Studies on Blood Center PCs

Leukocyte-reduced, WB-derived PCs, collected into tri-2ethylhexyl trimellitate plastic bags and prepared according to American Association of Blood Banks and Food and Drug Administration specifications, (16) were obtained from the clinical inventory of a regional blood center on day 2 of storage. These blood center PCs were subsequently stored with continuous rotational agitation at 3 rpm, as described above, in an incubator maintained at 20[degrees]C to 24[degrees]C. The PCs were sampled using sterile techniques at various storage time points for analysis (see below). Prior to analysis, the PLT counts of the aliquots were adjusted to approximately 250 000/[micro]L using PLT-poor plasma prepared from the same PLT bag from which the aliquot was obtained. Platelet poor plasma was the supernatant that resulted from centrifuging a small volume of the PC at 5000g for 7 minutes.

PLT Activation

Unless otherwise noted, PLTs were activated by pipetting 50 [micro]L of concentrated agonist solution into 950 [micro]L of the relevant PLT preparation: WB, PRP, or PC. The final concentration of agonists in the reaction mixture was 20 [micro]M ADP, 0.19 ng/mL collagen, and/or 4 X [10.sup.-5] M epinephrine (Bio/Data Corp, Horsham, Pennsylvania). Lyophilized agonists were reconstituted with 0.9% normal saline prior to their addition to the PLT preparations. Controls were run in parallel for each activation experiment, in which 0.9% normal saline was substituted for the agonist solution.

Cytokine Release Measurement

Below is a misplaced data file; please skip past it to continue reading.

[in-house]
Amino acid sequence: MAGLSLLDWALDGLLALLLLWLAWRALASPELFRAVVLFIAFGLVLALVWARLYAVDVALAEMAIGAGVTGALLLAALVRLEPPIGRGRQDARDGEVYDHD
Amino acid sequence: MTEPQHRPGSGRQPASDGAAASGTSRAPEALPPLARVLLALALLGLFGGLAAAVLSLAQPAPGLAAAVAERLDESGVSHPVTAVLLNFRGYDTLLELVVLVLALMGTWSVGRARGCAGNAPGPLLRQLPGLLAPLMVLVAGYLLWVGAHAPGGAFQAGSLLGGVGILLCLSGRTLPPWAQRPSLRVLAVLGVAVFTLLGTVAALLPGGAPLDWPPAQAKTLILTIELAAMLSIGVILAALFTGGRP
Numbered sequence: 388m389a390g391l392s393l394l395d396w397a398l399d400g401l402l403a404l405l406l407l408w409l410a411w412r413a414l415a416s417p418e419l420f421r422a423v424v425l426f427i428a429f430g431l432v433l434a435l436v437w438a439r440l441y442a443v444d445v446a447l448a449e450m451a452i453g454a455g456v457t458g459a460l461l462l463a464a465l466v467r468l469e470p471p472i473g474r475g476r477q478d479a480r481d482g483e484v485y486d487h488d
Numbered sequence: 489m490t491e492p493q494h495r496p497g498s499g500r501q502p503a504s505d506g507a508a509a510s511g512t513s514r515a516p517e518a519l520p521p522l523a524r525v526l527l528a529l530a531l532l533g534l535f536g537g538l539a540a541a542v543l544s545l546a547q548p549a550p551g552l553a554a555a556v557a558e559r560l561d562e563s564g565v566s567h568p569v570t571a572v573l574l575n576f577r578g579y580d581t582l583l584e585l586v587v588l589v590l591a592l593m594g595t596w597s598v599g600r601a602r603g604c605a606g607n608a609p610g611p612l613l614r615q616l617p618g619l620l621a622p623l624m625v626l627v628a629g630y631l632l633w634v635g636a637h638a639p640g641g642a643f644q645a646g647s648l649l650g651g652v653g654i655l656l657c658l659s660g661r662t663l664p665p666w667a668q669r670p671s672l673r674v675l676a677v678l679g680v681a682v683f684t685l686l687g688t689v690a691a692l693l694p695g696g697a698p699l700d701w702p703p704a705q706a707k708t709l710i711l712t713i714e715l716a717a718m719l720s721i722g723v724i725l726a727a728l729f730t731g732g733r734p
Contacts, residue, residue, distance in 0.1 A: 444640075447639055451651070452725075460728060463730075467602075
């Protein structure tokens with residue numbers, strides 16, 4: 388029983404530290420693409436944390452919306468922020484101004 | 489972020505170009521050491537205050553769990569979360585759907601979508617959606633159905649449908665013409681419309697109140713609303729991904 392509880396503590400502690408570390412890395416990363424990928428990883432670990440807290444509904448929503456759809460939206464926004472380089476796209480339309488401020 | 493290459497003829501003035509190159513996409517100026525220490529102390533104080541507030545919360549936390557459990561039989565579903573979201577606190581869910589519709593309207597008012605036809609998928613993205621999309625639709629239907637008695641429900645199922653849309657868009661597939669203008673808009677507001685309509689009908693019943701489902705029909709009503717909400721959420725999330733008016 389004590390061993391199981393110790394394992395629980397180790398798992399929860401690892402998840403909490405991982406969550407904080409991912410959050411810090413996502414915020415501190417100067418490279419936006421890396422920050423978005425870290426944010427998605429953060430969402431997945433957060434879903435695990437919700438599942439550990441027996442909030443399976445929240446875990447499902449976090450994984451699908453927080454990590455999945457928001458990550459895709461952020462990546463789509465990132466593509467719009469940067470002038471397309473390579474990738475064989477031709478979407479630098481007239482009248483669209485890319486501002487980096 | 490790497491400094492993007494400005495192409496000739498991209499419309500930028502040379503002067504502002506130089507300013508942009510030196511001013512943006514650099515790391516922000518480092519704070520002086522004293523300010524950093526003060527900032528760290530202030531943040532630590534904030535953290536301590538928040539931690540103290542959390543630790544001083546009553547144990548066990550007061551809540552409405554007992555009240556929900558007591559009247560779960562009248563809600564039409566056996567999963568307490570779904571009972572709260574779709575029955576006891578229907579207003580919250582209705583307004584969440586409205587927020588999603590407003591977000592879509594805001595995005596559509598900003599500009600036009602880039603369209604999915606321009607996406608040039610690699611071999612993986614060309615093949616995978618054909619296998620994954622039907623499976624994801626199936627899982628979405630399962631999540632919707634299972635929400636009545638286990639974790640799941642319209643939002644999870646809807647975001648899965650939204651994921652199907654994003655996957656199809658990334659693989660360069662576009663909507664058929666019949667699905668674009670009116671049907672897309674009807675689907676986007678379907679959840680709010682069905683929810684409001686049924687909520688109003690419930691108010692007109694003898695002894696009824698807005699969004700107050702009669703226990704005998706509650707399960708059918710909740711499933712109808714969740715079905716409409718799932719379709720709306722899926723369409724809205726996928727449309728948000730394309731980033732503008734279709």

After addition of either PLT agonist or normal saline as noted above to aliquots of WB, PRP, or PC, the specimen was gently agitated by hand to ensure even distribution of agonist. The specimens were then centrifuged at 10 000g for 10 minutes at 4[degrees]C. The supernatant was pipetted off the PLT pellet and frozen at approximately -20[degrees]C. For RANTES analysis by enzyme immunoassay (R&D Systems, Minneapolis, Minnesota), thawed supernatant was diluted at 1:200 using kit assay buffer. Results represent means of duplicate determinations on each sample tested. For the calculation of molecules of RANTES released per PLT, we used a RANTES molecular weight of 10 075 Da. (17)

PLT Aggregation by Single-PLT Counting

Baseline PLT counts were obtained by an impedance method (Beckman Coulter, Brea, California) on PLT aliquots prior to activation. Following addition of the agonist, the aliquot was gently agitated by hand; then, the PLT count was immediately repeated. The percentage aggregation was calculated from the reduction in countable single PLTs as follows (18):